i. The company is financially distressed
ii. The company has in respect of an employment related matter,
failed to make due payment
iii. It is just and equitable to do so for financial reasons
iv. A reasonable prospect of rescuing the company exists
The Business Rescue Process
The practitioner must:
1. Investigate the company’s affairs, business, property and financial
2. Be allowed sufficient time by the court to form an opinion as to
whether the company appears to be financially distressed or whether
there is a reasonable prospect of rescuing it
3. In a case where there is no reasonable prospect to save the
company, inform the court, company and affected persons accordingly
and apply to the court to discontinue rescue proceedings and to place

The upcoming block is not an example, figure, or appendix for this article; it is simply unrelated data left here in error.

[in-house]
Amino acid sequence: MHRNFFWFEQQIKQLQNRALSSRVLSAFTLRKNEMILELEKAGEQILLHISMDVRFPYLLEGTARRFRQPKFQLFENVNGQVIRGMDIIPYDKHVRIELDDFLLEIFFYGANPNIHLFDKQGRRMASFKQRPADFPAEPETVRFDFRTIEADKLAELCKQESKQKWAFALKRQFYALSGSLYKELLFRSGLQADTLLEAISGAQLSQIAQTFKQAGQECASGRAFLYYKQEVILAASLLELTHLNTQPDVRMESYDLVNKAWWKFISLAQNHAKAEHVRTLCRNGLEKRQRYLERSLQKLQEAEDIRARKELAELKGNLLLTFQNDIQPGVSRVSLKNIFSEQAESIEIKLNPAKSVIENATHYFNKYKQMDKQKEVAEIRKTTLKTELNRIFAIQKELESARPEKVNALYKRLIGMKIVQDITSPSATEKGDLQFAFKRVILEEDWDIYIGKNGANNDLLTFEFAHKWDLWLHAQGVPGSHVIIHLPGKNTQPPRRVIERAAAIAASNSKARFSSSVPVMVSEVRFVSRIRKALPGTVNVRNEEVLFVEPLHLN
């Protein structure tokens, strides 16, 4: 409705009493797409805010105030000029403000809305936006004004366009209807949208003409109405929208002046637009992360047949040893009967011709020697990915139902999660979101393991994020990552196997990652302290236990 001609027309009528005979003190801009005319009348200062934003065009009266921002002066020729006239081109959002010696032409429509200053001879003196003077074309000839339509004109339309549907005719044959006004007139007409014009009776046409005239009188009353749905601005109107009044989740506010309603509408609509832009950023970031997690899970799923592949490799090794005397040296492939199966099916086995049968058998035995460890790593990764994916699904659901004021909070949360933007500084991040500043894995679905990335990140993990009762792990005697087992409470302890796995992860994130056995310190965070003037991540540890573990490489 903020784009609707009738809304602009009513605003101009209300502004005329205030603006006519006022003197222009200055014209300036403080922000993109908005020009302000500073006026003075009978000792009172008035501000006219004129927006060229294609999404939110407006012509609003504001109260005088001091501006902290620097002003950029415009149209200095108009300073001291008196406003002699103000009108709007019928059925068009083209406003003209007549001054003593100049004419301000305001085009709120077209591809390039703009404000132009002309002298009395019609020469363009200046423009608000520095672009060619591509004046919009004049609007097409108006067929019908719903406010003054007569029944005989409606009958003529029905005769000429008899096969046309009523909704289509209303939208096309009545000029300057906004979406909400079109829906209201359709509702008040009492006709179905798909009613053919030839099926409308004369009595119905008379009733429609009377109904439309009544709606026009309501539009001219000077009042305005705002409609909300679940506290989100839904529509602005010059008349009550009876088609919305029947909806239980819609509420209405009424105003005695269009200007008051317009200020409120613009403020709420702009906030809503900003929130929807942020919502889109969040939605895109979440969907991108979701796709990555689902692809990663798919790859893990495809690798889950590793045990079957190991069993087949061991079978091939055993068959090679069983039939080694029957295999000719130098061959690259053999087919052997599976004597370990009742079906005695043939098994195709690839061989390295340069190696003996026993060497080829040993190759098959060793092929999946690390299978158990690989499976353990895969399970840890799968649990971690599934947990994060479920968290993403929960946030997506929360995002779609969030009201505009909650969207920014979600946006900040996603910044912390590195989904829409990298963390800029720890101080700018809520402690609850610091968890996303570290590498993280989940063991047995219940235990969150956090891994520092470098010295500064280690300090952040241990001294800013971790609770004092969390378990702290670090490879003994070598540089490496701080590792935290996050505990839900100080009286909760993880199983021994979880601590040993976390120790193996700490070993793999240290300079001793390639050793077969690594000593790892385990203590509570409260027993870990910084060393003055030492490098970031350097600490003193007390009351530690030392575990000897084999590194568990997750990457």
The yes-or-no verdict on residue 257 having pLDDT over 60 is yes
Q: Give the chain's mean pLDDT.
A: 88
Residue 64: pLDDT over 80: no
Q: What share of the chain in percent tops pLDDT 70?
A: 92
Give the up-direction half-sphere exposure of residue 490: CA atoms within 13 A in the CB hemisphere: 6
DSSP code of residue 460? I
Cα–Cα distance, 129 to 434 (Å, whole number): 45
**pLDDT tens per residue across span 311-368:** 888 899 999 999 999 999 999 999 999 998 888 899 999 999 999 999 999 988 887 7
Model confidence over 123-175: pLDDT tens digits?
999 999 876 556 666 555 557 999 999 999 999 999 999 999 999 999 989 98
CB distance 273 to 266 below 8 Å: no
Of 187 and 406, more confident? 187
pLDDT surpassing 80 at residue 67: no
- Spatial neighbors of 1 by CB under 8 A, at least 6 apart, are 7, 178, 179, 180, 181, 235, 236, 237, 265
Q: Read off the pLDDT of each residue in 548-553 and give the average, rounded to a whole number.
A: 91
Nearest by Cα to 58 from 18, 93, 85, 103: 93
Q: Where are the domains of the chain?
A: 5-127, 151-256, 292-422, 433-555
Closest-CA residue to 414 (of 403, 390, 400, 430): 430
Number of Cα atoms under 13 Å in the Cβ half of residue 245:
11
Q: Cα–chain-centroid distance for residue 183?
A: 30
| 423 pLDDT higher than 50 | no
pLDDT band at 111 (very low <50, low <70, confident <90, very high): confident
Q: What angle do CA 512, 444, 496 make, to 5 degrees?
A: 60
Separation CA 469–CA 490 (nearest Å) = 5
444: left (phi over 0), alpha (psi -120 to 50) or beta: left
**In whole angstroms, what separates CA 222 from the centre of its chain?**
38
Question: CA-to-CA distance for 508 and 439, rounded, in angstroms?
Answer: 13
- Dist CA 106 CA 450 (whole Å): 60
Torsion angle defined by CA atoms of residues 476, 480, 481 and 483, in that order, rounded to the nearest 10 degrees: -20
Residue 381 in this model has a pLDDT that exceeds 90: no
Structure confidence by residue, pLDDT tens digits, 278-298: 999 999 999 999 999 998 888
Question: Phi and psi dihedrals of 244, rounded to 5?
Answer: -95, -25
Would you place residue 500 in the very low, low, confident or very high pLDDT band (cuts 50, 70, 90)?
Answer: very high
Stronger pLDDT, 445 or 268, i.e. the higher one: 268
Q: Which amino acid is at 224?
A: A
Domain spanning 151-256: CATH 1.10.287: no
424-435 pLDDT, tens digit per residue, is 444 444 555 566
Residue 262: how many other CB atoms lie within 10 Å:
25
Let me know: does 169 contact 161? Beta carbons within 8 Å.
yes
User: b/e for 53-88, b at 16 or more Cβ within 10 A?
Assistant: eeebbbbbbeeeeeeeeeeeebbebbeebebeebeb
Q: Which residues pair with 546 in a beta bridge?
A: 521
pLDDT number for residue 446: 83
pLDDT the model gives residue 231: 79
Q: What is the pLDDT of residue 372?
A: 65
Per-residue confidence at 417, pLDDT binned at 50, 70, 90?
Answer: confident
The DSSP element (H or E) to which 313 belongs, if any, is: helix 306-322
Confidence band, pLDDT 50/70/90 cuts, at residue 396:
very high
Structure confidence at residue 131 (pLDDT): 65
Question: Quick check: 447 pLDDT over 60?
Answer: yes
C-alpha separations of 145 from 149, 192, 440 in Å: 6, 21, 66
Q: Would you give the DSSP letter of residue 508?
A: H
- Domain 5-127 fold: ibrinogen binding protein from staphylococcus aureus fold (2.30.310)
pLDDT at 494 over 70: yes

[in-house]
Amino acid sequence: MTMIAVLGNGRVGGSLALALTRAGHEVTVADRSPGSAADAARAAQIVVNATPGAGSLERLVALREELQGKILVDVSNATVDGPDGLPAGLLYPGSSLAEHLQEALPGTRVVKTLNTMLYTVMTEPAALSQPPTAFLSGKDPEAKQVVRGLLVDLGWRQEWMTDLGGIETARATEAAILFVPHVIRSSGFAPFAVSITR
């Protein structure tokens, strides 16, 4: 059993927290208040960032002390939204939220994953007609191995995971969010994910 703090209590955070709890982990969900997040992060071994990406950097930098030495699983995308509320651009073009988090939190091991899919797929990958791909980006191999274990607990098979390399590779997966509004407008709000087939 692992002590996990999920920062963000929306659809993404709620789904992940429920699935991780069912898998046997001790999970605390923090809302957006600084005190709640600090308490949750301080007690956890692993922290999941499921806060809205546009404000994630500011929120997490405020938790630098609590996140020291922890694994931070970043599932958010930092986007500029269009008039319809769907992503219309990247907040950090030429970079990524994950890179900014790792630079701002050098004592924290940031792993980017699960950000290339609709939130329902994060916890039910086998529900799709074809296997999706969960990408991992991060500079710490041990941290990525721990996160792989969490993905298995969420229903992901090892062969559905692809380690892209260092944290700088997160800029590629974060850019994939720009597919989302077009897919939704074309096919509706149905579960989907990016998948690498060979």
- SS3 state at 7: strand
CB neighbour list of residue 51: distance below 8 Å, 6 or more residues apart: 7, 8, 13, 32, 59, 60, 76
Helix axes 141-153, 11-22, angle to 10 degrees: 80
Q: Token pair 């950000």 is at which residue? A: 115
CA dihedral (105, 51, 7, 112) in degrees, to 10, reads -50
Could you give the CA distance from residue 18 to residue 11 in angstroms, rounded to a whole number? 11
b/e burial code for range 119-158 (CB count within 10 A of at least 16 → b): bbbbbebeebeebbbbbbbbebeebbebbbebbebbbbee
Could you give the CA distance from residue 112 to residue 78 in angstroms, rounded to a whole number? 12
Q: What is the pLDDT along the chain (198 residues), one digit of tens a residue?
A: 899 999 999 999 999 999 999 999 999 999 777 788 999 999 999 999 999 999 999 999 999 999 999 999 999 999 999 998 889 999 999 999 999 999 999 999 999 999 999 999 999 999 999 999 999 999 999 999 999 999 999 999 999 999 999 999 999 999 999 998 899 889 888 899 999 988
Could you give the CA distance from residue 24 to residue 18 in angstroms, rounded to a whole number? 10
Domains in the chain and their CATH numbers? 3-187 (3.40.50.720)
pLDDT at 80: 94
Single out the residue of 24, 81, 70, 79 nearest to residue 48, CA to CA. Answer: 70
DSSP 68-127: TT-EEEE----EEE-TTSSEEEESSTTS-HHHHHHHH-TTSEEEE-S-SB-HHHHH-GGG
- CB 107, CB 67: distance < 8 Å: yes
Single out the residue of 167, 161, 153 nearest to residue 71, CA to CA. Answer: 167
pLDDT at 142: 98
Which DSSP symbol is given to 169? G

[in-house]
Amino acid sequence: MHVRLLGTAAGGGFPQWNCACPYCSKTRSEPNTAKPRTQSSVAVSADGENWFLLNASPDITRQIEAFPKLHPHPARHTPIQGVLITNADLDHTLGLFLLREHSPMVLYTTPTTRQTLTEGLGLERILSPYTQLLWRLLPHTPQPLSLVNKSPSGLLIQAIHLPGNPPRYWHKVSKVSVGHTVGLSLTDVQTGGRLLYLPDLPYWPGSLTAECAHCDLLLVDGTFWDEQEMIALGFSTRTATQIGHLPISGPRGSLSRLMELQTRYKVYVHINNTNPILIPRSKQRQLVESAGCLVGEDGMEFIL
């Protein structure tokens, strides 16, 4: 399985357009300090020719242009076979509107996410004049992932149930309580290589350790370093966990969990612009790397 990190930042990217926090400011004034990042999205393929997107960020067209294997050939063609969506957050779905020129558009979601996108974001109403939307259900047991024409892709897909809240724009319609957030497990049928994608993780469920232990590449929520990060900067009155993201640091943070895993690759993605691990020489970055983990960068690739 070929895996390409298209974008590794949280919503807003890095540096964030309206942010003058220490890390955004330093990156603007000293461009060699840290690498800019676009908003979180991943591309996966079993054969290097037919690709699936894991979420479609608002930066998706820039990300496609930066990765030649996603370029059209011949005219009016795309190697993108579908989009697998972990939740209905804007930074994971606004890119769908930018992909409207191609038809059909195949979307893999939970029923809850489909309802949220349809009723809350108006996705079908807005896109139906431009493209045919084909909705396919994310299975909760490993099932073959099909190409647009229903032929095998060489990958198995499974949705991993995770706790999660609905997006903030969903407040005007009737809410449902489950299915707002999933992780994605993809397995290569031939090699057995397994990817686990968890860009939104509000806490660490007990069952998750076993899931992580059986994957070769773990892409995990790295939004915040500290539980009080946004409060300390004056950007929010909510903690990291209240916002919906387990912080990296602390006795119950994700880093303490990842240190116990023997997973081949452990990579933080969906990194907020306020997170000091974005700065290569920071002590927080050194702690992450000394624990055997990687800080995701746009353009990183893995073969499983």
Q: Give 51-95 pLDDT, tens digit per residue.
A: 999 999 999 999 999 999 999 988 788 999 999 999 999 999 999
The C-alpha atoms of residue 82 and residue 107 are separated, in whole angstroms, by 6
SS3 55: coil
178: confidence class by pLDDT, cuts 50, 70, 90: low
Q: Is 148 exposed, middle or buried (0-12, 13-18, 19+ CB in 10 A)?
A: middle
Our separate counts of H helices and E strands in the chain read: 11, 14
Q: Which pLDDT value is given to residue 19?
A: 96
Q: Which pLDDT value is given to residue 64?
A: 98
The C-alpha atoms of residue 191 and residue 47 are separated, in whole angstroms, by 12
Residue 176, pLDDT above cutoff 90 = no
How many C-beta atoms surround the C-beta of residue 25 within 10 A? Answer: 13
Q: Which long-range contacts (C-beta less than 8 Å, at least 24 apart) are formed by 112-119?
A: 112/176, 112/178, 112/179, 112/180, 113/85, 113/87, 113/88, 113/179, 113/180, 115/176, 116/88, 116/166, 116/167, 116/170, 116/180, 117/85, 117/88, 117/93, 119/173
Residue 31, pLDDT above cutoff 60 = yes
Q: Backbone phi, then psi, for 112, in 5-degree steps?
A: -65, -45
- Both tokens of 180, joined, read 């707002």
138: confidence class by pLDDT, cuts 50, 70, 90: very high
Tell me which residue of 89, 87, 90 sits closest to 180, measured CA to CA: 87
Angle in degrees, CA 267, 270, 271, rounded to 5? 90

the company into liquidation
4. In a case where the company is no longer financially distressed,
inform the court, company and affected persons accordingly and apply
to terminate the rescue proceedings
5. Report the following to the appropriate authorities for investigation:
• All voidable transactions
• Failure by directors in respect of material obligations
• Reckless trading, fraud or other breaches of the law relating to the
6. Convene within 10 days of appointment a meeting of creditors
7. Obtain proof of claims of creditors against the company
8. Prepare the business rescue plan in consultation with company
management, affected persons and creditors
9. Convene and preside over a meeting with creditors to approve the
business rescue plan
10. Convene a meeting of any class of holder of company securities if the